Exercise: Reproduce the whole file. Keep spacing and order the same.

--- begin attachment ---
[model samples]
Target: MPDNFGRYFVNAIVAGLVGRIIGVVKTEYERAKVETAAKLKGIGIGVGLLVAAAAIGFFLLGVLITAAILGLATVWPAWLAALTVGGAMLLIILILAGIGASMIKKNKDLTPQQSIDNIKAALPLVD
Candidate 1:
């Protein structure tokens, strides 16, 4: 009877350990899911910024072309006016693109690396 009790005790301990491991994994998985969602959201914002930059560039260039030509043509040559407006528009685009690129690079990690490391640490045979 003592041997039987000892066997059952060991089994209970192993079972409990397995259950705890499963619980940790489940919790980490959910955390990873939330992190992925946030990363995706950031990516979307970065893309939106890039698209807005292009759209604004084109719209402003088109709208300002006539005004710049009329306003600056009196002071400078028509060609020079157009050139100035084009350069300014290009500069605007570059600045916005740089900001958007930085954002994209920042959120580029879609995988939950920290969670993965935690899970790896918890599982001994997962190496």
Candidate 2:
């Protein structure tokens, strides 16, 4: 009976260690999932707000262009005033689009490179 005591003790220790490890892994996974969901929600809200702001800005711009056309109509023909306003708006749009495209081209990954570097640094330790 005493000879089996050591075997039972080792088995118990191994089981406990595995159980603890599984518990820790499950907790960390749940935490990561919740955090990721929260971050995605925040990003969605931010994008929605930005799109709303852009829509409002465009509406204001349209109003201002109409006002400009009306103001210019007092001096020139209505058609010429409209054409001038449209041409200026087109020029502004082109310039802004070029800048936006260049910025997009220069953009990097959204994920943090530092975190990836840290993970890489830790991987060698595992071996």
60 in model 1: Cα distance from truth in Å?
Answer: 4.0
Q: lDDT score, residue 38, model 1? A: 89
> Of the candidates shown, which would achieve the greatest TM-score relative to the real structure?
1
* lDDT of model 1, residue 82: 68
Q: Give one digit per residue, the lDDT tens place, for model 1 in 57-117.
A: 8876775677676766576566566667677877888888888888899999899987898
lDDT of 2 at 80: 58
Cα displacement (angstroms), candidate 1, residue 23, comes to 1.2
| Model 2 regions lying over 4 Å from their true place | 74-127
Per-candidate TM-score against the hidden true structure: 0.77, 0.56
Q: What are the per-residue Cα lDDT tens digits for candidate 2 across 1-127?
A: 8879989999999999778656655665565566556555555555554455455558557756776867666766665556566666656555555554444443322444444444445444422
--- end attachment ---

[model samples]
Target: MPDNFGRYFVNAIVAGLVGRIIGVVKTEYERAKVETAAKLKGIGIGVGLLVAAAAIGFFLLGVLITAAILGLATVWPAWLAALTVGGAMLLIILILAGIGASMIKKNKDLTPQQSIDNIKAALPLVD
Candidate 1:
């Protein structure tokens, strides 16, 4: 009877350990899911910024072309006016693109690396 009790005790301990491991994994998985969602959201914002930059560039260039030509043509040559407006528009685009690129690079990690490391640490045979 003592041997039987000892066997059952060991089994209970192993079972409990397995259950705890499963619980940790489940919790980490959910955390990873939330992190992925946030990363995706950031990516979307970065893309939106890039698209807005292009759209604004084109719209402003088109709208300002006539005004710049009329306003600056009196002071400078028509060609020079157009050139100035084009350069300014290009500069605007570059600045916005740089900001958007930085954002994209920042959120580029879609995988939950920290969670993965935690899970790896918890599982001994997962190496």
Candidate 2:
């Protein structure tokens, strides 16, 4: 009976260690999932707000262009005033689009490179 005591003790220790490890892994996974969901929600809200702001800005711009056309109509023909306003708006749009495209081209990954570097640094330790 005493000879089996050591075997039972080792088995118990191994089981406990595995159980603890599984518990820790499950907790960390749940935490990561919740955090990721929260971050995605925040990003969605931010994008929605930005799109709303852009829509409002465009509406204001349209109003201002109409006002400009009306103001210019007092001096020139209505058609010429409209054409001038449209041409200026087109020029502004082109310039802004070029800048936006260049910025997009220069953009990097959204994920943090530092975190990836840290993970890489830790991987060698595992071996």
60 in model 1: Cα distance from truth in Å?
Answer: 4.0
Q: lDDT score, residue 38, model 1? A: 89
> Of the candidates shown, which would achieve the greatest TM-score relative to the real structure?
1
* lDDT of model 1, residue 82: 68
Q: Give one digit per residue, the lDDT tens place, for model 1 in 57-117.
A: 8876775677676766576566566667677877888888888888899999899987898
lDDT of 2 at 80: 58
Cα displacement (angstroms), candidate 1, residue 23, comes to 1.2
| Model 2 regions lying over 4 Å from their true place | 74-127
Per-candidate TM-score against the hidden true structure: 0.77, 0.56
Q: What are the per-residue Cα lDDT tens digits for candidate 2 across 1-127?
A: 8879989999999999778656655665565566556555555555554455455558557756776867666766665556566666656555555554444443322444444444445444422